Most managers must spend a certain amount of time and energy on periodic formal reviews. Depending on the organization, it may be a yearly ritual or much more often. These formal reviews usually take up a lot of time and attention in any event.
What often passes for structured or substantive management communication—sometimes the only such communication—are the performance reviews that managers are required by most organizations to have with their direct reports annually or every six months, or every quarter. Three-, six-, and twelve-month reviews have long been notorious for their lack of efficacy. Employees have told us for years in our interviews that formal reviews rarely give them meaningful, helpful feedback:
“They do it just because they have to.”
“Sometimes they don’t even do it.”
“They do it late or last minute.”
“Some managers just ask the employees to write their own reviews.”
“It’s all politics, who they like.”
“Reviews are too vague.”
“Reviews are too specific, mentioning something that happened months and months ago.”
“My review was done by someone who doesn’t even manage me daily.”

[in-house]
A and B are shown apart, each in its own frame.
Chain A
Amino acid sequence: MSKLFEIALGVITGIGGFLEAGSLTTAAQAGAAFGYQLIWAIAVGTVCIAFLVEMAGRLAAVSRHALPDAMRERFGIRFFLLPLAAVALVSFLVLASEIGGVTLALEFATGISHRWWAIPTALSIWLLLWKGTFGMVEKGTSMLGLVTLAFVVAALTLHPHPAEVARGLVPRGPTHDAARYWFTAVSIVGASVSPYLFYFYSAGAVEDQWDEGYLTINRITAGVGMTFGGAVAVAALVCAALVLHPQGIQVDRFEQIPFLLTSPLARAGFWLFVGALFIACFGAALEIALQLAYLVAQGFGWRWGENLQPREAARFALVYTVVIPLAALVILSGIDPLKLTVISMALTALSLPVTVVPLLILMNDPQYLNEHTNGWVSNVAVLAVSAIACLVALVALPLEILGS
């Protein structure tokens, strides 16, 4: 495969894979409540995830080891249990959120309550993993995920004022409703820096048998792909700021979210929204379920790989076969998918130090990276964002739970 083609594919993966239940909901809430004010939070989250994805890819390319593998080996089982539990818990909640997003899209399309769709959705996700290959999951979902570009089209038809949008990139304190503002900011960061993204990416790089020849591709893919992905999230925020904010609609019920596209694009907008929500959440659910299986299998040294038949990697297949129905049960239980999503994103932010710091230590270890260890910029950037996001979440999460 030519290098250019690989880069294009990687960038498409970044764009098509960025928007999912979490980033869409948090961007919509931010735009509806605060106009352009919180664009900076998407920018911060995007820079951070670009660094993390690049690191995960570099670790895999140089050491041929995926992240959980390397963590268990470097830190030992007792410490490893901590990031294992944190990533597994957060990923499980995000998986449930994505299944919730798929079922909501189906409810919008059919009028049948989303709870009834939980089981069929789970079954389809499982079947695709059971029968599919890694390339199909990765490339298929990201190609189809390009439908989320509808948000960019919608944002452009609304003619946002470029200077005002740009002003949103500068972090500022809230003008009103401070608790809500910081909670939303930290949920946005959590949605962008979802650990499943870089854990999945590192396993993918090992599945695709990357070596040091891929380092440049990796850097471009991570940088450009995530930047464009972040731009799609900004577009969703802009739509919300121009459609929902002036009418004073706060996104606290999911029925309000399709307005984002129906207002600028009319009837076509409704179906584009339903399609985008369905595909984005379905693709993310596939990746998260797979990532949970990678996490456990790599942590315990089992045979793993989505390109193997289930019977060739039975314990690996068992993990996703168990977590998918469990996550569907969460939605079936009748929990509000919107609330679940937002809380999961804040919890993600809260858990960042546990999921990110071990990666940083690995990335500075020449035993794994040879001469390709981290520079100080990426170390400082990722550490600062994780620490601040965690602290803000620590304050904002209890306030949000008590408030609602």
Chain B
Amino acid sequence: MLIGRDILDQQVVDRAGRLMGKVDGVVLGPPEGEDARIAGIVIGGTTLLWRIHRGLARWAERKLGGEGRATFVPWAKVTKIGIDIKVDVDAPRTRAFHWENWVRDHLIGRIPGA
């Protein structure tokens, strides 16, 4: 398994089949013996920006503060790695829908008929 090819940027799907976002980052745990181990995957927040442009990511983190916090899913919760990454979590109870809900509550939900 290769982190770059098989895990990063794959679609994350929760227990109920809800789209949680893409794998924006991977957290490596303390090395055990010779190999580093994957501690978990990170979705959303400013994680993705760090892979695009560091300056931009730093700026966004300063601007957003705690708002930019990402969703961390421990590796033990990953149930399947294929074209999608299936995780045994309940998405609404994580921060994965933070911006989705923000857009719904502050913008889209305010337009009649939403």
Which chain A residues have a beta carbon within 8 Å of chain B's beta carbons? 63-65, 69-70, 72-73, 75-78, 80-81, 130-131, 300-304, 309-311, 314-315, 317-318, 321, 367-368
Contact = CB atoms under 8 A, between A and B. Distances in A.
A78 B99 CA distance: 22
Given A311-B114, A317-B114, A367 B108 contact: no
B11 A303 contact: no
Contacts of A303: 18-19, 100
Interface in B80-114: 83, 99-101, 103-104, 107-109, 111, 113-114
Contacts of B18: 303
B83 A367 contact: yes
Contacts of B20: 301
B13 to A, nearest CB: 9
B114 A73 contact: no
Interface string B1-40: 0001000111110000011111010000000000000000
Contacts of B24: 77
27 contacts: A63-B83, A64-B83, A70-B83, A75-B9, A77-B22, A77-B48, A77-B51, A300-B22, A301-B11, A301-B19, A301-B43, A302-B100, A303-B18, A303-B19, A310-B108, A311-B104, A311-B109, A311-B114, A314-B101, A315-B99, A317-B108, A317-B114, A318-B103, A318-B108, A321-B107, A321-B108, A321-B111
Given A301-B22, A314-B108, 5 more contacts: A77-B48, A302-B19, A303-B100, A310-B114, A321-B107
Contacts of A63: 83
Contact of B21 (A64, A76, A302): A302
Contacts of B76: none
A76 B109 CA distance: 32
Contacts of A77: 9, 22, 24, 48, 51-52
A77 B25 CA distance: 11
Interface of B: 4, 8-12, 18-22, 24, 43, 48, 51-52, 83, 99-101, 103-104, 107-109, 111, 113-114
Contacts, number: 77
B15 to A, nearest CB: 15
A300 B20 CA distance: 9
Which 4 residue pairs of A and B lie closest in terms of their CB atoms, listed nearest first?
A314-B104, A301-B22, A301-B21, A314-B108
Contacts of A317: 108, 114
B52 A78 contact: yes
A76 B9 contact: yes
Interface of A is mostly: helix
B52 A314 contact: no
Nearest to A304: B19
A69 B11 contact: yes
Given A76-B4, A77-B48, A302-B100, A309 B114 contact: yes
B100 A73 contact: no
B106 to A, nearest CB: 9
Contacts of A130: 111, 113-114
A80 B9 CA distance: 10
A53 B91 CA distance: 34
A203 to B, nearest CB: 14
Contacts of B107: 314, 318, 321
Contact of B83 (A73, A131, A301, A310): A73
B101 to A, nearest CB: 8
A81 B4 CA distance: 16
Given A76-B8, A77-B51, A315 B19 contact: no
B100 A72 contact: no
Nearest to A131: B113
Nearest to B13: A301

“My review focused on things I can’t control like overall numbers that are not just affected by my performance.”
And so on.
The Effectiveness of Formal Reviews
Formal reviews tend to fall somewhere on the spectrum between two extremes. On one end, they focus on highly subjective feedback but without the benefit of regular, ongoing, day-to-day input along the way. This sort of review tends to be distinctive and incidental, reflecting what a manager has observed, if there is a big win or if there is a significant problem.
More and more common is the other end of the spectrum. Reviews increasingly rely on the elements of employee performance that are tracked (more or less) automatically—bottom-line numbers that appear in weekly or monthly reports. Today, managers at all levels are given performance objectives (usually articulated in numbers) for every dimension of their operations.